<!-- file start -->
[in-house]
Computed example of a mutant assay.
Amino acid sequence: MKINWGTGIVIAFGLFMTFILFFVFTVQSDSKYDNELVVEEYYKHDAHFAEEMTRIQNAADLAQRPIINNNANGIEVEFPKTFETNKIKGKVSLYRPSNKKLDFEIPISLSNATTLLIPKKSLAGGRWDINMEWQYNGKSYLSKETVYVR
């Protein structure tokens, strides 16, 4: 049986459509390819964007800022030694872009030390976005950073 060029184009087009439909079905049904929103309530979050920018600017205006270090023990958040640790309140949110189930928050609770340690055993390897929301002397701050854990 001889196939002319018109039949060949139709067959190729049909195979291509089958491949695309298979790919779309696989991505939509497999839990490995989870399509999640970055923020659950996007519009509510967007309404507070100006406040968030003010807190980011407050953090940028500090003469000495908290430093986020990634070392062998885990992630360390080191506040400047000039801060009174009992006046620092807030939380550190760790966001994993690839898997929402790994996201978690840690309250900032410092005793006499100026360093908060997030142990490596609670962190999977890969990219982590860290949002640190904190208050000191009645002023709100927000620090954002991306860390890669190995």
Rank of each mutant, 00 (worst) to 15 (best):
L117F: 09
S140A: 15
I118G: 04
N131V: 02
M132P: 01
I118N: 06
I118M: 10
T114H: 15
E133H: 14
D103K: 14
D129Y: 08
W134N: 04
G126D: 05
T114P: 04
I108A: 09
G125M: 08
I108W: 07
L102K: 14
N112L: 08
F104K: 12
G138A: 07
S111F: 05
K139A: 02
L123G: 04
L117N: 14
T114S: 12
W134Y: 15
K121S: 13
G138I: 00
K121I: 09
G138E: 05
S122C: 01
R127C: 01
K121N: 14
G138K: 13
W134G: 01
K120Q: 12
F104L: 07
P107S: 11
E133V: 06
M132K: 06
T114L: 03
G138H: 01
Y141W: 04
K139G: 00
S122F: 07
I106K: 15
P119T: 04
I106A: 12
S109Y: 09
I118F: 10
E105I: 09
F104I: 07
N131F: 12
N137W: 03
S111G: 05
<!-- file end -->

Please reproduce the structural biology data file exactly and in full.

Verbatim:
[in-house]
Computed example of a mutant assay.
Amino acid sequence: MKINWGTGIVIAFGLFMTFILFFVFTVQSDSKYDNELVVEEYYKHDAHFAEEMTRIQNAADLAQRPIINNNANGIEVEFPKTFETNKIKGKVSLYRPSNKKLDFEIPISLSNATTLLIPKKSLAGGRWDINMEWQYNGKSYLSKETVYVR
């Protein structure tokens, strides 16, 4: 049986459509390819964007800022030694872009030390976005950073 060029184009087009439909079905049904929103309530979050920018600017205006270090023990958040640790309140949110189930928050609770340690055993390897929301002397701050854990 001889196939002319018109039949060949139709067959190729049909195979291509089958491949695309298979790919779309696989991505939509497999839990490995989870399509999640970055923020659950996007519009509510967007309404507070100006406040968030003010807190980011407050953090940028500090003469000495908290430093986020990634070392062998885990992630360390080191506040400047000039801060009174009992006046620092807030939380550190760790966001994993690839898997929402790994996201978690840690309250900032410092005793006499100026360093908060997030142990490596609670962190999977890969990219982590860290949002640190904190208050000191009645002023709100927000620090954002991306860390890669190995």
Rank of each mutant, 00 (worst) to 15 (best):
L117F: 09
S140A: 15
I118G: 04
N131V: 02
M132P: 01
I118N: 06
I118M: 10
T114H: 15
E133H: 14
D103K: 14
D129Y: 08
W134N: 04
G126D: 05
T114P: 04
I108A: 09
G125M: 08
I108W: 07
L102K: 14
N112L: 08
F104K: 12
G138A: 07
S111F: 05
K139A: 02
L123G: 04
L117N: 14
T114S: 12
W134Y: 15
K121S: 13
G138I: 00
K121I: 09
G138E: 05
S122C: 01
R127C: 01
K121N: 14
G138K: 13
W134G: 01
K120Q: 12
F104L: 07
P107S: 11
E133V: 06
M132K: 06
T114L: 03
G138H: 01
Y141W: 04
K139G: 00
S122F: 07
I106K: 15
P119T: 04
I106A: 12
S109Y: 09
I118F: 10
E105I: 09
F104I: 07
N131F: 12
N137W: 03
S111G: 05